Keeping the “thanks” in Thanksgiving can be the most beautiful part of the holiday, sweeter than fruit pie and more filling than an entire feast. After all, a wise but anonymous person once said, “Gratitude turns what we have into enough.”
What better way to guide kids into the busy and glittering season of “I want” than focusing on gratitude for what they have? Besides making us better people, a grateful heart also reaps rewards. A post to Teens Health from Nemours, simply titled, “Gratitude,” includes a “Why Gratitude Matters” section. One of the benefits it suggests is that “gratitude helps us build better relationships.” It goes on to say, “When we feel and express heartfelt gratitude and appreciation to people in our lives, it creates loving bonds, builds trust, and helps you feel closer.”
Another big bonus is that “gratitude can lead to positive actions.” The same article notes, “When we feel grateful for someone’s kindness toward us, we may be more likely to do a kindness in return.” The piece adds that “Your gratitude also can have a positive effect on someone else’s actions. Thanking people can make it more likely they’ll do a kindness again.”
A really sweet idea for gathering and sharing what family members are grateful for comes from last month’s “40 Fun Thanksgiving Activities for Kids to Try This Turkey Day” in Country Living, compiled from many sources by Rebekah Lowin. In the description of a Gratitude Jar (from the Doodle Bug Blog), the article says, “Have little ones—or everyone!—share what they’re thankful for by placing this jar, strips of paper, and a few pens at the table.” It continues, “After dinner, wrap up your feast on a sweet note by having kiddos read the slips aloud while dessert is served.”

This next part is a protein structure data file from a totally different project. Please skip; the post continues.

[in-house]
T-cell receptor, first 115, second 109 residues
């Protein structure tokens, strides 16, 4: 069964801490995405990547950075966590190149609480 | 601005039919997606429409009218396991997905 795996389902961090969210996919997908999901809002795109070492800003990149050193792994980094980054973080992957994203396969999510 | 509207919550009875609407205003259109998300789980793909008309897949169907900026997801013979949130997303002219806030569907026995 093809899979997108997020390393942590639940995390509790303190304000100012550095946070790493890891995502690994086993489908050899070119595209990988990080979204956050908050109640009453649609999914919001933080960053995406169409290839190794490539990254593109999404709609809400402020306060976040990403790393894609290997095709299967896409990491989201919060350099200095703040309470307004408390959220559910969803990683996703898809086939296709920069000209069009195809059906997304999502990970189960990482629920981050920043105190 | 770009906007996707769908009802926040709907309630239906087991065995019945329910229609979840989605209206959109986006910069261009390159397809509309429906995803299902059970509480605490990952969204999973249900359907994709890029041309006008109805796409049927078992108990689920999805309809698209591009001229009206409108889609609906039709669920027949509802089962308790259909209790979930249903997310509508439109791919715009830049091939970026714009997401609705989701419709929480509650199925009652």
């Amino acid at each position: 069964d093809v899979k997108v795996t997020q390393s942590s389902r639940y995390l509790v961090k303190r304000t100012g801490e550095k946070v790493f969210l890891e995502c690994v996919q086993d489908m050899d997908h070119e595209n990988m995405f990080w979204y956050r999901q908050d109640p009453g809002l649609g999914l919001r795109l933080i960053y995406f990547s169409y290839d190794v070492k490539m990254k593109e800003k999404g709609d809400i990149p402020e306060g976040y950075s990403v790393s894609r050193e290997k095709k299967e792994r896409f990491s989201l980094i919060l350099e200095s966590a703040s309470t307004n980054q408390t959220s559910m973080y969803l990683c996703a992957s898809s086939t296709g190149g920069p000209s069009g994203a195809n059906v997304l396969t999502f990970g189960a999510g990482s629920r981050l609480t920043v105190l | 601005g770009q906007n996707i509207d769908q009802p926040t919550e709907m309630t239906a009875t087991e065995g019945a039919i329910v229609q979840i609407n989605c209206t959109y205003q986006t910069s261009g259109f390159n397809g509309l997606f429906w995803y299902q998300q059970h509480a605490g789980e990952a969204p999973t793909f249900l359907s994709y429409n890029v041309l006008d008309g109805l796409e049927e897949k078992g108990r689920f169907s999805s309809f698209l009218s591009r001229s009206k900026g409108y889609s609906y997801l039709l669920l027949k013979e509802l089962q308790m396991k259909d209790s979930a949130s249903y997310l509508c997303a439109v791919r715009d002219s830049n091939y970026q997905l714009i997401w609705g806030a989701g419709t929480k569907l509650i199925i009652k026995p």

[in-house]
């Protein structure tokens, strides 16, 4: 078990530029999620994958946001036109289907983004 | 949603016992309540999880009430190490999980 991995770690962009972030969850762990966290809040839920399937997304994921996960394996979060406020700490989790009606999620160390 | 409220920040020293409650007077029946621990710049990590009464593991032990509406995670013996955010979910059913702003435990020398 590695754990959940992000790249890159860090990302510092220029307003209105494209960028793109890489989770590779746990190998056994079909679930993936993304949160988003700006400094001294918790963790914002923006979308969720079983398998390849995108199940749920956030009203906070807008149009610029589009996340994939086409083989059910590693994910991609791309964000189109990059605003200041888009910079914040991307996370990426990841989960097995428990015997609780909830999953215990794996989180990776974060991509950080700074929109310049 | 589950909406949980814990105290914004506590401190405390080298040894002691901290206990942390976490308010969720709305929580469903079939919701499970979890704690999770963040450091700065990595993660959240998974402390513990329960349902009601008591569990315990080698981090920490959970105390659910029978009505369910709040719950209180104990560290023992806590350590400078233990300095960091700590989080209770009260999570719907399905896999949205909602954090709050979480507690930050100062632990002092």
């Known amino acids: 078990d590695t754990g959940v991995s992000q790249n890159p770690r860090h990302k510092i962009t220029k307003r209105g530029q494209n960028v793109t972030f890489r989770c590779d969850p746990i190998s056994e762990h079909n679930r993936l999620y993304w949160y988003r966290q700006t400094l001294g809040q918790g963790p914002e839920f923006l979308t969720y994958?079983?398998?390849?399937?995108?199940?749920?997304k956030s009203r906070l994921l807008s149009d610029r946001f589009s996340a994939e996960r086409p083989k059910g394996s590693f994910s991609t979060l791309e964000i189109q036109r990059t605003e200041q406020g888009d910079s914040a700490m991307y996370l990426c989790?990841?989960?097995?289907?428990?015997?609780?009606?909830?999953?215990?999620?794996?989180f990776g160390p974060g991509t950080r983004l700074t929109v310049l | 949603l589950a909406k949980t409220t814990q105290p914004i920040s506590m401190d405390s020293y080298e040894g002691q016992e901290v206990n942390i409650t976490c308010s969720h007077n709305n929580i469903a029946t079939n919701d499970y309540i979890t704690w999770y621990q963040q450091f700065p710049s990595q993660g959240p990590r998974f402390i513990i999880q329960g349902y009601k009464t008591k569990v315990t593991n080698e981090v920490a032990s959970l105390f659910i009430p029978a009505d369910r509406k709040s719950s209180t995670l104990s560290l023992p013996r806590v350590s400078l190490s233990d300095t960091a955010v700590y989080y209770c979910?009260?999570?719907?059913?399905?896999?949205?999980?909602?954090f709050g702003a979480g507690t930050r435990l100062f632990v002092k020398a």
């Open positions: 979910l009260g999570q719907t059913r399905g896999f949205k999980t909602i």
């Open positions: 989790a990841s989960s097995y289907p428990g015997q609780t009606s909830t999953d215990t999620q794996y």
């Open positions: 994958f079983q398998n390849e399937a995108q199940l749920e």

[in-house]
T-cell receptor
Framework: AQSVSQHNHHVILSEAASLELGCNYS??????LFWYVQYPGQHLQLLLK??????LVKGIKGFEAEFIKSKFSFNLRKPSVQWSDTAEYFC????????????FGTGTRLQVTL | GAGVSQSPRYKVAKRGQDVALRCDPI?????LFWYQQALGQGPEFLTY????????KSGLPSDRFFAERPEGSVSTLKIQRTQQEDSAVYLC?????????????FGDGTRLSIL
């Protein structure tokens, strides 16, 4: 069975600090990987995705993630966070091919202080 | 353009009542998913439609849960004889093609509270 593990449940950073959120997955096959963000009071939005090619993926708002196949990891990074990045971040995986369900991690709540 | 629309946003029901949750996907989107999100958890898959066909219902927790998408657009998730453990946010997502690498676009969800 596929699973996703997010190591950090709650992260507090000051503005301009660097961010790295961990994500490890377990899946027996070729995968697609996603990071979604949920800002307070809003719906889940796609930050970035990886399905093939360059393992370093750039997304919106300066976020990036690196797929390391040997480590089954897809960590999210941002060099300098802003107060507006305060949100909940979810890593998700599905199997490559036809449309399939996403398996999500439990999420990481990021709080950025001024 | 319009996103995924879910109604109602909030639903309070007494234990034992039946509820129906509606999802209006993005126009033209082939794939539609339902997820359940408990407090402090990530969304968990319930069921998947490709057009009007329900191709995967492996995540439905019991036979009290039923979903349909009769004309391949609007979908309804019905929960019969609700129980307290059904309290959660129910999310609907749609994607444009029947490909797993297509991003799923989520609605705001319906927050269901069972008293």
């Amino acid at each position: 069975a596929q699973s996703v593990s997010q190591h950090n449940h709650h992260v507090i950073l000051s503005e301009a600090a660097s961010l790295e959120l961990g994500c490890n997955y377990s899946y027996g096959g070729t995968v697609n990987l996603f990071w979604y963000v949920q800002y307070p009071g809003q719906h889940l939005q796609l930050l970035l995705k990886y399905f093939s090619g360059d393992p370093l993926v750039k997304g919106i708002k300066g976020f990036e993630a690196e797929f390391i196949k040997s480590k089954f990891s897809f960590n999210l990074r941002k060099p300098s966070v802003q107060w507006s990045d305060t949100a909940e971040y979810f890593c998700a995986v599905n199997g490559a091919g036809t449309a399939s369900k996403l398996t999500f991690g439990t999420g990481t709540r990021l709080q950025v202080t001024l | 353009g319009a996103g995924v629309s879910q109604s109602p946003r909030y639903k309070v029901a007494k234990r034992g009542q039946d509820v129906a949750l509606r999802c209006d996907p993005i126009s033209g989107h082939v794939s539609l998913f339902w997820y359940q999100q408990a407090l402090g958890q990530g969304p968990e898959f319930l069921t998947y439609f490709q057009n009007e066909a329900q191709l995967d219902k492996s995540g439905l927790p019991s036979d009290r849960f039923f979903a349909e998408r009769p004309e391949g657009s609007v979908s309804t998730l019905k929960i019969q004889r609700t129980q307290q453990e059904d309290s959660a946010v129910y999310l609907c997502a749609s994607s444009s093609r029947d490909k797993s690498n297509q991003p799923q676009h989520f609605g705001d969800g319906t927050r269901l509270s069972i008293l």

Two other crafty, creative ways to show and share gratitude come from posts to a “Thanksgiving Gratitude” thread on the Focus on the Family website. One is “Links of Thankfulness” posted by Kelsey Lasher.” She cuts out strips of paper in three different colors, explaining that “Each color corresponds to a different category of something the kids are grateful for. Red stands for a person, yellow is for a place, and orange is a thing.” She mixes the strips in the bowl and has the kids close their eyes and pick one. Based on the color they choose, “they say something they’re grateful for.” She writes it on the paper and keeps going until the bowl is empty and then they make a “gratitude chain” and display it during Thanksgiving, “as a reminder of our many blessings.”
Another idea in the same thread is a Gratitude Treasure Hunt. Linsey Driskill writes, “To encourage sibling appreciation, my daughters and I wrote clues on note cards, such as ‘You’ll find me where we scrub-a-dub-dub.’” Next the sisters brainstormed things they loved about their brother and wrote them underneath the clue, such as, ‘Bates is compassionate.” Their bro ran to the bathtub to “find the next clue—and the next compliment.”
Leading up to Thanksgiving or even on the holiday itself, Families can also serve together with a ministry or secular non-profit organization or help kids gather up and donate unused or outgrown toys. Plus, just doing fun stuff together can build memories and gratitude. Among those “40 Fun Thanksgiving Activities” from Country Living are a turkey-shaped Thanksgiving pinata (from Studio DIY) stuffed with confetti that does double-duty as a centerpiece until after dinner, gratitude bracelet-making (from Sugar and Charm), and “I’m So Grateful” coloring sheets (from Thirty Handmade Days). Or help them sharpen both vocabulary and visual discernment with Tom Turkey’s Word Search (also from Sugar and Charm).
Whether expressed by sharing fun or swapping compliments, one of the greatest, possibly most overlooked aspects of gratitude, is that according to Harvard Health Publishing, “Giving Thanks Can Make You Happier.”
How cool we get a whole holiday to “research” that theory!